Our Programs

CURes supports educational initiatives across the Los Angeles area and beyond. This is done through the development of Urban EcoLab curricula, teacher professional development and workshops, strategic partnerships, and more.

Through the Summer Programs at LMU, CURes leads a two-week immersive urban ecology course for high school students. The course features lectures, workshops, career development, and trips to local ecological sites. Students will learn about environmental problems for urban settings, as well as how ecological systems engage with one another in urban areas. Some examples of past focus areas are: mockingbird vocalizations, hummingbird physiology and energetics, bird biodiversity, sociobiology, taxonomy, the power of citizen science, and field science technology.

CURes conducts educational research, as well. Our motivation is our concern about the state of Science Technology Engineering and Math (STEM) education and the STEM labor force in the U.S. In particular, there are low levels of student interest in STEM study and careers and, simultaneously, insufficient numbers of appropriately trained professionals to meet the needs of the rapidly growing STEM labor market. Additionally, the STEM industry suffers from a lack of racial, ethnic and gender diversity. This lack of diversity unjustly excludes traditionally underserved populations from fruitful careers in industry and potentially limits the resilience and innovation of the STEM industry. To address these concerns, CURes staff conduct research on developing STEM interest amongst kindergarten through high school students, particularly those from traditionally underserved populations. CURes research efforts also focus on developing curricula and instructional resources that support experiential and interdisciplinary scientific inquiry coupled with profession development for urban educators.

Recent research projects include:

Informal STEM Education & Social Justice Pedagogy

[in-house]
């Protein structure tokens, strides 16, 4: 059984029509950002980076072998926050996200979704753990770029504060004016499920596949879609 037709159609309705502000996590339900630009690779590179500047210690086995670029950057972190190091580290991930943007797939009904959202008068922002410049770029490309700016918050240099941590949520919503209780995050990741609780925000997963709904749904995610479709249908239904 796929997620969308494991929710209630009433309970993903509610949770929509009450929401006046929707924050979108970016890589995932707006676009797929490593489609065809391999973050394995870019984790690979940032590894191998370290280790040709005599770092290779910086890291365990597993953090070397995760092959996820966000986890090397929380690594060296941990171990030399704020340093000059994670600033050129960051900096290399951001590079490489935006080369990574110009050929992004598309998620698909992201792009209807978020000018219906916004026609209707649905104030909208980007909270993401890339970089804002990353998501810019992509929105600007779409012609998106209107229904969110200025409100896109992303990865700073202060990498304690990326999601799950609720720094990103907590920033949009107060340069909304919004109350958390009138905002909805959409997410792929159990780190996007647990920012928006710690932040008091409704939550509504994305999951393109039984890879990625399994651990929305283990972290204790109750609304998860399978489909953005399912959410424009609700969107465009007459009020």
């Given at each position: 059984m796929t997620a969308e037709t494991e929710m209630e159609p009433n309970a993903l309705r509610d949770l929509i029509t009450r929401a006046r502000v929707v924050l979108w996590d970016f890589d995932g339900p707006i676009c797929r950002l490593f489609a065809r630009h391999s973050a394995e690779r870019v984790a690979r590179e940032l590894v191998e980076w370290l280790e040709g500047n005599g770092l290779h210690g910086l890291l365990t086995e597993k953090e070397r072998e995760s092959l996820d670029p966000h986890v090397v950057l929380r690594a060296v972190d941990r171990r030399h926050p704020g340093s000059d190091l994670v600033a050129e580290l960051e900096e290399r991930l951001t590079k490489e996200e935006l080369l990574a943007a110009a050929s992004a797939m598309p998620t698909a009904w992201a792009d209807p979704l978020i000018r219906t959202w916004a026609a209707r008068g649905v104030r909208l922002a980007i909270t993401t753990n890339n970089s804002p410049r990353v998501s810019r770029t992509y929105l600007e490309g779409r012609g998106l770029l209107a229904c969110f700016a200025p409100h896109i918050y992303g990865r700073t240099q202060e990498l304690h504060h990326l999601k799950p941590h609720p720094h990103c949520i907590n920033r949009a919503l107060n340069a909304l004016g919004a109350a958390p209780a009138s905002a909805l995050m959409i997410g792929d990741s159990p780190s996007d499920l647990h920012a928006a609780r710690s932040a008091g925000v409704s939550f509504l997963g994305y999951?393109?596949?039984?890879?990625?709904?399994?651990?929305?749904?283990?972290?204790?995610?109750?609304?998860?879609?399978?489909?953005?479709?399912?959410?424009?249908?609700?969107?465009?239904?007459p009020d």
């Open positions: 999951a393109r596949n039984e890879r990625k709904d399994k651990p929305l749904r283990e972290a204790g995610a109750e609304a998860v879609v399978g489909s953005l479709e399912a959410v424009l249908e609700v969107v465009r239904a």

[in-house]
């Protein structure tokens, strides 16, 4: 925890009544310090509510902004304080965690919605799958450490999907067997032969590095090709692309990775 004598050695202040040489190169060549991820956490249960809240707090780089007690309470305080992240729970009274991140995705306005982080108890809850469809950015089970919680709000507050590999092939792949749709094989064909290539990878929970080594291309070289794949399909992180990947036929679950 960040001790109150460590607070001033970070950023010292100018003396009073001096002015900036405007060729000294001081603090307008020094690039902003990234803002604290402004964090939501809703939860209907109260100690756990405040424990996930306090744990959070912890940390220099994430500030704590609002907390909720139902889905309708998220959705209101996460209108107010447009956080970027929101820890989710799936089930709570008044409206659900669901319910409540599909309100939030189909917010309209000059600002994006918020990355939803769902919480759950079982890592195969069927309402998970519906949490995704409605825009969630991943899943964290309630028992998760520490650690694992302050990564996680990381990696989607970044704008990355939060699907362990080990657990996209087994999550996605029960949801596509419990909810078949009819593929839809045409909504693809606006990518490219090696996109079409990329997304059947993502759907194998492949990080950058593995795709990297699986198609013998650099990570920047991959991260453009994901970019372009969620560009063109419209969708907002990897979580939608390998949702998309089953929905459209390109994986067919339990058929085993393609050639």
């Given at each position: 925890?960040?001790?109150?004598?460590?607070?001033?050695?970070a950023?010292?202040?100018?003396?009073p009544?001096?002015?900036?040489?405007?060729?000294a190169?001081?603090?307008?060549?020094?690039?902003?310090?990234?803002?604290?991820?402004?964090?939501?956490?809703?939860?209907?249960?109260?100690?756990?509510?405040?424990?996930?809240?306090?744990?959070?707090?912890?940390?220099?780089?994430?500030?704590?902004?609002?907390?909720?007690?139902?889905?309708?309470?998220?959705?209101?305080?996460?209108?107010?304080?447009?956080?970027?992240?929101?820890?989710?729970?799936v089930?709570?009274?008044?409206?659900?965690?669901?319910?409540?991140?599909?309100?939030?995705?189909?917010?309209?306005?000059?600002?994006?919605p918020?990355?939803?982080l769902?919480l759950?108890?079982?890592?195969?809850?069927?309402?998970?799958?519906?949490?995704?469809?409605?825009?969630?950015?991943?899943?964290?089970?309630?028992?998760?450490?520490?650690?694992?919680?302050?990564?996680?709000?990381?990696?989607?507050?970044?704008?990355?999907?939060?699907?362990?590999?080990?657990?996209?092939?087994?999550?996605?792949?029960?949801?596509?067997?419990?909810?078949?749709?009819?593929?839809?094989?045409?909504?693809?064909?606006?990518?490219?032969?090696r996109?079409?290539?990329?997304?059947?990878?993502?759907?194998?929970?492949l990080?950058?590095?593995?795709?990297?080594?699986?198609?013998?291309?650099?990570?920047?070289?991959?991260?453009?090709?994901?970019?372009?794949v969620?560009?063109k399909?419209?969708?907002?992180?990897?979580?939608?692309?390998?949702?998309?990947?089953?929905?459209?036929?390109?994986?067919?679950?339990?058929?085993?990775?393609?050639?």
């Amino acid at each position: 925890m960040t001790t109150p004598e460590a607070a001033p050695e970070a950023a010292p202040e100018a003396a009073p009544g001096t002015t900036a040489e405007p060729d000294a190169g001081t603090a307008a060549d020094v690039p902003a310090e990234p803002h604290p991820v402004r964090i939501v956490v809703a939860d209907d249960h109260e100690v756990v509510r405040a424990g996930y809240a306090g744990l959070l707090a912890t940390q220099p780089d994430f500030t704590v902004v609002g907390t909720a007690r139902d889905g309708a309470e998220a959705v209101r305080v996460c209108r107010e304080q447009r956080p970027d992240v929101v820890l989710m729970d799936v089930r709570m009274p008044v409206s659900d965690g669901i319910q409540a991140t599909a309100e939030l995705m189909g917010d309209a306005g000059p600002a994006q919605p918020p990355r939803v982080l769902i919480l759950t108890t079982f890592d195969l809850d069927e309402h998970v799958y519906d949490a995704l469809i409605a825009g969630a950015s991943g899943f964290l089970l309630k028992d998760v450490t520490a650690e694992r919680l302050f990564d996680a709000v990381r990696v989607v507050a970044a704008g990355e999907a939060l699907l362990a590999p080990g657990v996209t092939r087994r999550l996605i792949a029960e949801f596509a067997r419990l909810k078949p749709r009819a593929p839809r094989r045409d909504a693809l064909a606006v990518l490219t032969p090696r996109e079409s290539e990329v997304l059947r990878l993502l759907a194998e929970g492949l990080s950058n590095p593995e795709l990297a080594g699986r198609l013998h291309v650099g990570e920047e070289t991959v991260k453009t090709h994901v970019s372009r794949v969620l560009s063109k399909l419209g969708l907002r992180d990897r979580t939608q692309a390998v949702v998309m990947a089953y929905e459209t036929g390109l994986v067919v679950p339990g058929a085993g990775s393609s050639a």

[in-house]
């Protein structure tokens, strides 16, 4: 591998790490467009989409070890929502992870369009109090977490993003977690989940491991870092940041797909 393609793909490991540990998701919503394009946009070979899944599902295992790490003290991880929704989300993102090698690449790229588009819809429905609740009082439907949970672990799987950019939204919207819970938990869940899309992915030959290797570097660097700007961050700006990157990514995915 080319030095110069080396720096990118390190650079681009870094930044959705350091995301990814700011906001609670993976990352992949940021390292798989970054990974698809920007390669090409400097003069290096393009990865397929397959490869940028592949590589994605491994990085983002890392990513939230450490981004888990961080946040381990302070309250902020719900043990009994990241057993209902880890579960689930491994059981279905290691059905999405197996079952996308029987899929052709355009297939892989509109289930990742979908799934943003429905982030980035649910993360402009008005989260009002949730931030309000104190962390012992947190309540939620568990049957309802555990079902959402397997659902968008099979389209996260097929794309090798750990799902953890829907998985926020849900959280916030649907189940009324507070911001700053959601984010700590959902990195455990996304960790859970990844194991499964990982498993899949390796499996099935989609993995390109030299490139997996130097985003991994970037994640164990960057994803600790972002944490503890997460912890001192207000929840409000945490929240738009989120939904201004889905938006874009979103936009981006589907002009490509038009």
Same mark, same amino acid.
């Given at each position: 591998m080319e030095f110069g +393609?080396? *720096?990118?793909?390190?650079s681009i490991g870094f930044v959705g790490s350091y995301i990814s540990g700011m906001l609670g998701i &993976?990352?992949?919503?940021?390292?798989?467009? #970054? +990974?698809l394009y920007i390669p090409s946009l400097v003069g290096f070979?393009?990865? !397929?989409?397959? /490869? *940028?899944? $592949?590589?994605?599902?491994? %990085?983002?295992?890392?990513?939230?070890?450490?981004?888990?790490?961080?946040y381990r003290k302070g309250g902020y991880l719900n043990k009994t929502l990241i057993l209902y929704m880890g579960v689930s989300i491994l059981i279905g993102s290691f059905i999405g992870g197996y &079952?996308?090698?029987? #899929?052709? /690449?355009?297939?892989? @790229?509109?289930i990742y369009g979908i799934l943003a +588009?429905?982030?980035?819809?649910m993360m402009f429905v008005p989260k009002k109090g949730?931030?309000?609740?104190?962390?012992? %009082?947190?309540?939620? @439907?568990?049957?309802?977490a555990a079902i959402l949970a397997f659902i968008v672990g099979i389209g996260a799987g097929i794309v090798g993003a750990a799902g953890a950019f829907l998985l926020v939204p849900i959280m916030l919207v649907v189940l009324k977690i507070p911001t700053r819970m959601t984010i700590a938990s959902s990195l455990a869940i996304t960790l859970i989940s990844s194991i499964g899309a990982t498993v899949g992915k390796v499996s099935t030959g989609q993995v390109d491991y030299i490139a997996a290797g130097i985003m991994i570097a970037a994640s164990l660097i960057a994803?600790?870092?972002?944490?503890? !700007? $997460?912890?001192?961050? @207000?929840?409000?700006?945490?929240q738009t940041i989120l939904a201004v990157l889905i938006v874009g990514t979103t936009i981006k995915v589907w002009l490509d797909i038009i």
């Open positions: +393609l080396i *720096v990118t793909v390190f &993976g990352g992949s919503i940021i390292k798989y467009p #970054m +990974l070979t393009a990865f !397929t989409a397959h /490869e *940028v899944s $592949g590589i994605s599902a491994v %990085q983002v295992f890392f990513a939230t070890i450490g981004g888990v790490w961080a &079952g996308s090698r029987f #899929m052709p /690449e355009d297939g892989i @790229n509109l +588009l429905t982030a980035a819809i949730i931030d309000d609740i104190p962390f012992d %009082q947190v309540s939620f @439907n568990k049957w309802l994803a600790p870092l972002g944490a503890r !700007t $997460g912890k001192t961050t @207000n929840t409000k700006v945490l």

Educational research in this area has focused on examining the impact of informal STEM interventions, often in the form of culturally-relevant, community-based investigations and community enhancement projects, on stimulating and sustaining interest in STEM amongst underrepresented racial and ethnic minority students. Students have been involved in mapping 3D biophysical and social data of vacant neighborhood lots, including temperature and sound, as well as profiling neighborhood resources and amenities. The students then have used these data to inform urban development plans, including urban greening efforts and strategic placement of grocery stores.

STEM Career Development

Educational research in this area has focused on understanding the complex processes involved in developing and sustaining STEM career interests amongst underrepresented racial and ethnic minority students. These research efforts have been informed by interdisciplinary theoretical lens from education and career fields.

STEM Teacher Professional Development

CURes leads ongoing teacher workshops structured around urban ecology and environmental education. This work is aimed at improving teacher content knowledge and self-efficacy as means to enhancing teacher effectiveness in science education, particularly with and for historically underserved student populations.

STEM Curriculum Development and Evaluation

This work has involved the evaluation of the impact of an existing high school urban ecology curriculum (Urban EcoLab Curriculum) in classrooms across multiple subjects. Additional educational research efforts have been focused on contributing to the existing Urban EcoLab Curriculum by developing and evaluating additional high school urban ecology curriculum materials, particularly one module focused on urban farming and food resources.


Learn more about CURes’ Educational Programs here.